The booming of the smartphone has opened the door for global businesses to interact with consumers more effectively and frequently through thousands of applications. Since mobile apps became a significant channel to connect with consumers, executives of firms have spent more effort on enhancing the quality of applications. However, firms have to face many mobile application testing challenges.
According to a report of Capgemini about Quality Assurance and Testing in 2017-18, 47% of the respondents stated that they lack an appropriate testing process or method. Meanwhile, 46% of the companies surveyed don’t know which are the right tools to perform mobile testing. Shortage in testing devices is also a crucial issue that occupies 40%.
3 Common mobile application testing challenges
1. Lack of efficient testing process
What is the effective testing process for mobile applications in such a high-competitive market like smartphone apps? There are three factors you need to consider, let’s take a look at them below:
A thorough strategy for your testing project is significant. Some of the aspects that you should plan are Test methodology, Automation testing, and Test environment.
Firstly, when it comes to testing methodology, one of the most favored ones is the Agile approach. In Agile, the development process breaks into repetitive loops, and testing goes in parallel with development.
The second factor you should think about is how to set up the test environment. You can choose from setting up on real mobile devices, on simulators, or clouds.
The final thing is automation testing. Although test automation can reduce the time and effort to perform repetitive test cases such as regression testing; some of the tests still need to be run manually. One of the efficient ways to apply automation test is when you run one test case on various devices, like in this video: [Demo video] Automation test on 10 mobile devices at the same time
Mobile applications are built and updated regularly. As a result, traditional manual testing cannot keep up with the pace of releasing new versions. Continuous testing will run automation tests regularly to get immediate feedback after new updates are released. Moreover, testing apps in parallel with the development process will decrease the risk of failing at the end of the project.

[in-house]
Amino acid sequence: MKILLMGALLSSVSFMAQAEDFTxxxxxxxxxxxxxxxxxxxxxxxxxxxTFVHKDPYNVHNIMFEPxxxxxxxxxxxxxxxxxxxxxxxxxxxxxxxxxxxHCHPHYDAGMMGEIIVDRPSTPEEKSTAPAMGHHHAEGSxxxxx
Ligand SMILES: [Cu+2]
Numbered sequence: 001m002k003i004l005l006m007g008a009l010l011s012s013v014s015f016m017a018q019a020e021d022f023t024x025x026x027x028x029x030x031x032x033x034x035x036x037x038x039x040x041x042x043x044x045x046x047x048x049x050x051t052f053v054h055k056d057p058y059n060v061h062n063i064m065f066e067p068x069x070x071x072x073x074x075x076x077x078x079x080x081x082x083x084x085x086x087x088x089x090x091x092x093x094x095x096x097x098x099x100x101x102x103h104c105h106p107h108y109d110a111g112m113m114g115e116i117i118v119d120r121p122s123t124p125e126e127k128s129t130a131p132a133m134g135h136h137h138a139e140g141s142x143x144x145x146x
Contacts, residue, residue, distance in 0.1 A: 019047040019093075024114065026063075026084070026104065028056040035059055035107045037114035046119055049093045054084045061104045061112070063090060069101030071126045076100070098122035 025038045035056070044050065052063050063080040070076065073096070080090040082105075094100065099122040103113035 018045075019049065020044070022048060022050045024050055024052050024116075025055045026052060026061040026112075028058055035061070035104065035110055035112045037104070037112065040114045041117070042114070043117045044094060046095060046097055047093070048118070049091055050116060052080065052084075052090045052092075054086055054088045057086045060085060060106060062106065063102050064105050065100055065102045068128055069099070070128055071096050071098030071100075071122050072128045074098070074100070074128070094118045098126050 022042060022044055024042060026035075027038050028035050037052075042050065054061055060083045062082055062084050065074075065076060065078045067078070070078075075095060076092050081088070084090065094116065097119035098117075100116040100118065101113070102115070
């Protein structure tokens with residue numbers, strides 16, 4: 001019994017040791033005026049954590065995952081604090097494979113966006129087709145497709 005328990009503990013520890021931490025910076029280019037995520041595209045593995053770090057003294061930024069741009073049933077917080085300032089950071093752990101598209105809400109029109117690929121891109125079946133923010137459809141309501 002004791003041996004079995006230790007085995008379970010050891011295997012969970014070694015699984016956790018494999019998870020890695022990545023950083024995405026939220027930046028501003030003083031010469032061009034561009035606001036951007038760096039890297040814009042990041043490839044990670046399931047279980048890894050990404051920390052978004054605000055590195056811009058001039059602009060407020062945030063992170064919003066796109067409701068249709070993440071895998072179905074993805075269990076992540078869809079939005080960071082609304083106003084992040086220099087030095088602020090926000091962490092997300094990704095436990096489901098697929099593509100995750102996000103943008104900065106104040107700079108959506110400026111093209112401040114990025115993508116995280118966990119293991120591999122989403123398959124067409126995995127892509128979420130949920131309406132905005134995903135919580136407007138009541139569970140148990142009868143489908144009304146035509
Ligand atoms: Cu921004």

Select Test Types
For mobile application testing, you should execute both functional and non-functional tests. Functional testing includes testing the function of the apps (path testing, boundary values, data lifecycle), application lifecycle, network, and display. Non-functional testing requires testers to perform some special testing, such as: Typical Interrupts Testing, Testing for Power Consumption, Testing for Different Displays, Testing for Device Input Sensors, and Testing for Screen Orientation Change.
2. Choosing from numerous testing tools
What makes mobile testing more complicated is the complexity of mobile testing tools in the market. Each tool has different features that can test a certain type of mobile apps. Companies have to know exactly what they are looking for in the testing tool to choose the one that has appropriate features, such as:
- Fees: Open-source tools and paid tools
- Type of application that the tools can test: Native apps, Web, hybrid apps
- The operation system: iOS, Android, Windows
3. Shortage in testing devices
In 2019, the shipment of smartphones around the world reached 1,375 billion units, in which Android devices accounted for 76% market share and iOS devices took 13%. Each operating system has various versions, which means mobile apps have to run in numerous environments. This leads to obstacles in setting up mobile testing devices because the testing team cannot access all types of devices available. The solution is you can combine using different test environments such as Real Devices, Emulators / Simulators, and Clouds to perform testing. Each type has its advantages and drawbacks:
Nevertheless, the quality assurance team cannot guarantee that if a tested application works well on a given device, it will work 100% on another device. Even though it’s from the same product family, the screen resolution, CPU, Memory, and hardware could be different.